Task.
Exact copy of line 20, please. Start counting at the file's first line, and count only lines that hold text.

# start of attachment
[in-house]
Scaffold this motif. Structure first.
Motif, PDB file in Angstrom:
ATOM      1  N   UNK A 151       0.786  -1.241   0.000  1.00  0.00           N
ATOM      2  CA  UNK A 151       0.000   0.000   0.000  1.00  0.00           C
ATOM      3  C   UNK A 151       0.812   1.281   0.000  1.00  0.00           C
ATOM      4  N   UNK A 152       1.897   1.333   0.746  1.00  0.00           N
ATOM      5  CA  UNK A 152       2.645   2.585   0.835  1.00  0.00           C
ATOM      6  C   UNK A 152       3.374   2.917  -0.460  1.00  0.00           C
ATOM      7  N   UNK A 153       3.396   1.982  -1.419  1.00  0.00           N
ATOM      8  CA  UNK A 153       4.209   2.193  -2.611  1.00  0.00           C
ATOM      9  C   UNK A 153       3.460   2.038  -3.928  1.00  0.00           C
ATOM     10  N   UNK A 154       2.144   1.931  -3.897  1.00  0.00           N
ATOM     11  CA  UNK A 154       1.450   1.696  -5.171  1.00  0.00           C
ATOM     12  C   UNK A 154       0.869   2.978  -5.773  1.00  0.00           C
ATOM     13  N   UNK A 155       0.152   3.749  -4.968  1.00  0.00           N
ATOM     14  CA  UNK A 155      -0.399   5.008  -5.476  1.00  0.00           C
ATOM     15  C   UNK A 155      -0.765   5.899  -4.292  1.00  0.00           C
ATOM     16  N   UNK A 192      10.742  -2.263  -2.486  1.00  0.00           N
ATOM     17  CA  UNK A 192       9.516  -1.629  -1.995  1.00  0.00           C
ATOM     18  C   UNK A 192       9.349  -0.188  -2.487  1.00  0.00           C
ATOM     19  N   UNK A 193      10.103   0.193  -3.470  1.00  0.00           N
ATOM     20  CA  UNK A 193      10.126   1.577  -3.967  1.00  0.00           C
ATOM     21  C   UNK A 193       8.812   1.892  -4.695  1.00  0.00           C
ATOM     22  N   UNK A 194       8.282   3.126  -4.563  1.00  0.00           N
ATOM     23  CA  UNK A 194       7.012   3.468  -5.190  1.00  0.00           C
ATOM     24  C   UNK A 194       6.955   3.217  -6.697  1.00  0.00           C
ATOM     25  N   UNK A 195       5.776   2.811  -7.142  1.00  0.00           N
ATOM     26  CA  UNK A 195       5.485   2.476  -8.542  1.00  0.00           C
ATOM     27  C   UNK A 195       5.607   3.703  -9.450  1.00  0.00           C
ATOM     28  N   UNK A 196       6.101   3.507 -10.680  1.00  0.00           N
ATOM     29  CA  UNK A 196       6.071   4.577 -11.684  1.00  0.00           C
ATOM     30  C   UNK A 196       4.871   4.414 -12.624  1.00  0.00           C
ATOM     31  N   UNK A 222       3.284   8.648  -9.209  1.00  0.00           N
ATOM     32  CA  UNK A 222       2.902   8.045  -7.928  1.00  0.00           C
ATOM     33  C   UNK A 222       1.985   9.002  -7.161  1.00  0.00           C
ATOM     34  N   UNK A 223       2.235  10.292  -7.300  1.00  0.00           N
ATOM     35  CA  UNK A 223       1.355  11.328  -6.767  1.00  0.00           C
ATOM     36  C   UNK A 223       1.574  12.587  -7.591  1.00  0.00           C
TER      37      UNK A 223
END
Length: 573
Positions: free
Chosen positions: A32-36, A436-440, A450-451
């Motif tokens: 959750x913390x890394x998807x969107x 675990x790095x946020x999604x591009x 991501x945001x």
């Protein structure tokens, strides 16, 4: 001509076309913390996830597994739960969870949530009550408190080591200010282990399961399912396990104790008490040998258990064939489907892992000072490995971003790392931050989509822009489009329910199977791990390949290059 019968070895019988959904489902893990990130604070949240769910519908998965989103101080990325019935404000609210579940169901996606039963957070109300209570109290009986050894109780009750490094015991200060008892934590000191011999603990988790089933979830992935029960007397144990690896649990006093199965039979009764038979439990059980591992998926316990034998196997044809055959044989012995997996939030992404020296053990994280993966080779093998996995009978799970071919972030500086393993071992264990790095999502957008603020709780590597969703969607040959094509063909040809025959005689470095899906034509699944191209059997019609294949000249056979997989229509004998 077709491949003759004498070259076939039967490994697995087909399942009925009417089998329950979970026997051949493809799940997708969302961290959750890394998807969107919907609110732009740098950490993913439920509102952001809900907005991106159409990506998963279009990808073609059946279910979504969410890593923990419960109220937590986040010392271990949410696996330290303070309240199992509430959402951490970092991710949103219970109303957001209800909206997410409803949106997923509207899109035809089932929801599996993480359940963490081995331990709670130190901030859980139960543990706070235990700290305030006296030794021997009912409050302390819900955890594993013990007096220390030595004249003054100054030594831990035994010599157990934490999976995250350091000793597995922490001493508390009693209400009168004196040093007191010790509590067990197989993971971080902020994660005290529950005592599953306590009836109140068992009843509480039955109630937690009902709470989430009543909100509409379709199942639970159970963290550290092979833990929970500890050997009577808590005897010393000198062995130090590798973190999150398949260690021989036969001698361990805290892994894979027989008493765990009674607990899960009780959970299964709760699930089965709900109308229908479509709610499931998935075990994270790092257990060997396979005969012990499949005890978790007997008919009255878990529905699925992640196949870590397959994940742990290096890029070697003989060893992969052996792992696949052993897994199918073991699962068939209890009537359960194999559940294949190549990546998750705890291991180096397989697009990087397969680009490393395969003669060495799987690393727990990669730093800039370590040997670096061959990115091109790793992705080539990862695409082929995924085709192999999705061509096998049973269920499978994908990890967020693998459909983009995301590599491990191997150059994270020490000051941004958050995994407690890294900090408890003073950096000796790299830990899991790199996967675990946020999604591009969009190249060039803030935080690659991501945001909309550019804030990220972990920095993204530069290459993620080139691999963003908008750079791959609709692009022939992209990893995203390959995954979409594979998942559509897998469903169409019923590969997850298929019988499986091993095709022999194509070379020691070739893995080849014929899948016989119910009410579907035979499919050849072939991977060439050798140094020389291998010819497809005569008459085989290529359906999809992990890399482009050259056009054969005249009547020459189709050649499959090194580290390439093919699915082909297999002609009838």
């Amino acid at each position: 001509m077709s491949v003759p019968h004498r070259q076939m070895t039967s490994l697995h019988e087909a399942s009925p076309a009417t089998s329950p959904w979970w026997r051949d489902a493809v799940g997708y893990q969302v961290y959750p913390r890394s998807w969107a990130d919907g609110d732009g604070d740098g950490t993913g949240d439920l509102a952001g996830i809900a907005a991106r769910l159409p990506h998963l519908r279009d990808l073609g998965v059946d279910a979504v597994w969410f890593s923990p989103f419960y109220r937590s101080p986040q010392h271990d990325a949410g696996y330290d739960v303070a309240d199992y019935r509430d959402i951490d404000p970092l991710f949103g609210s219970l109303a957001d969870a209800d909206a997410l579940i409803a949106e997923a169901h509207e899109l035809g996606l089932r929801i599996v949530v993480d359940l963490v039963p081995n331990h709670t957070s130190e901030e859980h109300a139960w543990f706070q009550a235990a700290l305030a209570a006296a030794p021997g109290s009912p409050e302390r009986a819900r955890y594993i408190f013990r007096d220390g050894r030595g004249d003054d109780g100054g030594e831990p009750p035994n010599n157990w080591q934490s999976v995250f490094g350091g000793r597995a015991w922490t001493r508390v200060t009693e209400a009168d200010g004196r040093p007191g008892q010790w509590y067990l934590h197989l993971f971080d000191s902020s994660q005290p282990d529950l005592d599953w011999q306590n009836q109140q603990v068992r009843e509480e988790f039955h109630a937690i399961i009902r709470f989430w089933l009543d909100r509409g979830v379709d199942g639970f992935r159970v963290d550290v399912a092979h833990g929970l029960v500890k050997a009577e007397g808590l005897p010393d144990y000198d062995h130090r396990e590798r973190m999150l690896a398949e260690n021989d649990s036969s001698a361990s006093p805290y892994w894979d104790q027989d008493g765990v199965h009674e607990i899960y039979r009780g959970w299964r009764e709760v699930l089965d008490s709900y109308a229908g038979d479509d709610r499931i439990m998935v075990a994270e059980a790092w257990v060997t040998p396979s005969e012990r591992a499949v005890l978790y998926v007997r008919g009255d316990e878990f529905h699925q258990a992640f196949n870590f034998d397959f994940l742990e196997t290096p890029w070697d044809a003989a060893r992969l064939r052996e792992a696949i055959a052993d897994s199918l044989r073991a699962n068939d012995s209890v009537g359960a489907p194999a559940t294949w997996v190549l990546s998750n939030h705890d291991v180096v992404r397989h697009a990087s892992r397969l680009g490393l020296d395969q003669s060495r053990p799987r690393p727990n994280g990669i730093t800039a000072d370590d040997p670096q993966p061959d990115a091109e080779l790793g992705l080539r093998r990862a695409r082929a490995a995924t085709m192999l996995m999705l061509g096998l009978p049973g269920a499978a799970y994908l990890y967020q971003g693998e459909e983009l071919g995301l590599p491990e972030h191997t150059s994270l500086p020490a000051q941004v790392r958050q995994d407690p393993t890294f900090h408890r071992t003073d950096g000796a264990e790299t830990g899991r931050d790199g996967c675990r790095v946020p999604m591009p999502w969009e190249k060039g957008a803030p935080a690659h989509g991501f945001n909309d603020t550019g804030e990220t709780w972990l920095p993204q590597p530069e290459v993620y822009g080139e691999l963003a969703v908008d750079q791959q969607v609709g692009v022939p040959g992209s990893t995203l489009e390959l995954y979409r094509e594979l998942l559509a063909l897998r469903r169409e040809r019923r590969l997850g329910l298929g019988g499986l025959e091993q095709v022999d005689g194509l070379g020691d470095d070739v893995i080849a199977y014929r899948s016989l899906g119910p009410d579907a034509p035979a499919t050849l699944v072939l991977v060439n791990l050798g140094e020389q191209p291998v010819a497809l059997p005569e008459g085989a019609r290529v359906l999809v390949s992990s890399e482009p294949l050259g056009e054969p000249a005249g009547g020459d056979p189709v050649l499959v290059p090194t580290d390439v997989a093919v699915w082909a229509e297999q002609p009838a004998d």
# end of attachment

ATOM     17  CA  UNK A 192       9.516  -1.629  -1.995  1.00  0.00           C